It’s called The Flea for short, the San Jose Flea Market, and perhaps the “Flea” part needs to be cut off, because it’s just a market, really, a huge one with a parking lot larger than the combined DeKalb Farmer’s Market and parking lot. It’s a bit larger than 4 city blocks, and the best part of it is the aisle of produce. It’s officially called Produce Row, it is quite a sight and alone is worth the trouble of getting there.

There is of course, more than  just produce. There are places to buy clothes, places to buy dolls and purses, used video games and inexpensive electronics. I saw two bands when I was there, playing music. There were a couple barber shops, places to get new audio in your car, art of various kinds. Places to eat were plentiful, but as we didn’t eat there, I’m not in a position to review them.

The Flea (San Jose Flea Market)
1590 Berryessa Road
San Jose, CA 95113

The DeKalb Farmer’s Market is the grand daddy of all the large markets in this city, and huge doesn’t begin to cover it.  It’s at the corner of Laredo and Ponce De Leon, and the entrance to De Kalb is one of the four ways you can go at that light.  The parking lot is about a block in size and as large as the lot is, it is equally as large inside. Once inside, there is a vast array of vegetables, about as ordered as any market could be, with the produce marked by country of origin, name, and with a drawing of the produce to boot.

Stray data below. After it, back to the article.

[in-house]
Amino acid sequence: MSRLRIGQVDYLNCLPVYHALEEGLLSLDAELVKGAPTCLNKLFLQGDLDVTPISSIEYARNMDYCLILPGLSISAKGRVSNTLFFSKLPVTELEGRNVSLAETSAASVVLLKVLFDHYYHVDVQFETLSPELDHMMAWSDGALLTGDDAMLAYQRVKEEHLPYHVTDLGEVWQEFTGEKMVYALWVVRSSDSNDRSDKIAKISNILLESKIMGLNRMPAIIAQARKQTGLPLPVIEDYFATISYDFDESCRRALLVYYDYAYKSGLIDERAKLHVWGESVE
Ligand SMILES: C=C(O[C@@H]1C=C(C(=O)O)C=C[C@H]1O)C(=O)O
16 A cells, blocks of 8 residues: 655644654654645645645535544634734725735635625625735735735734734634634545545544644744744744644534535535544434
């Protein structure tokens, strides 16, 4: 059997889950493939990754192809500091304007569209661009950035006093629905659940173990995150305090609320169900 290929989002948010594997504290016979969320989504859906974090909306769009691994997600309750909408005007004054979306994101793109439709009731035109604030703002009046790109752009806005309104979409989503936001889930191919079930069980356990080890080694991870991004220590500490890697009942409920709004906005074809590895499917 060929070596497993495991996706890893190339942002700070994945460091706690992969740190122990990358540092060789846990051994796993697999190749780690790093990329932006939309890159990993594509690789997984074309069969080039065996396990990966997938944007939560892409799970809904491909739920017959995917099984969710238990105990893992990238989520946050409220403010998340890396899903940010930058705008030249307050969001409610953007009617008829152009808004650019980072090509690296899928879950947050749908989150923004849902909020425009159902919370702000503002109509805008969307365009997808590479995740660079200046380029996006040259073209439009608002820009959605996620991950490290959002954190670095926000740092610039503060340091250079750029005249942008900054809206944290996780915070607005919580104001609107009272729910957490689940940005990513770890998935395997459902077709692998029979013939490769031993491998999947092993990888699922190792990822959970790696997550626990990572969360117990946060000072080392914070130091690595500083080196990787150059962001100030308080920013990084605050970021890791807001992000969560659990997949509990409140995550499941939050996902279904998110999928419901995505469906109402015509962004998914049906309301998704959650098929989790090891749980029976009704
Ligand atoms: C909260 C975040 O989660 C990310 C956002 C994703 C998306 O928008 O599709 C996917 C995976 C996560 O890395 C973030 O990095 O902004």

The wines, two aisles of them, are separated by country of origin and type. In between the wine are stacks of beers, everything from Miller Light to Belgian ales. Grains and beans? Just to look at two examples, they had red, green, yellow, brown, and French green (a smaller variety) lentils, along with whole mung beans, and plenty of dals. Quinoa? Not only did they have the white and red varieties, but also wild black quinoa, not seen anywhere else that I’ve looked. Nuts and candied fruits are available in large quantities, neatly sealed in plastic bags.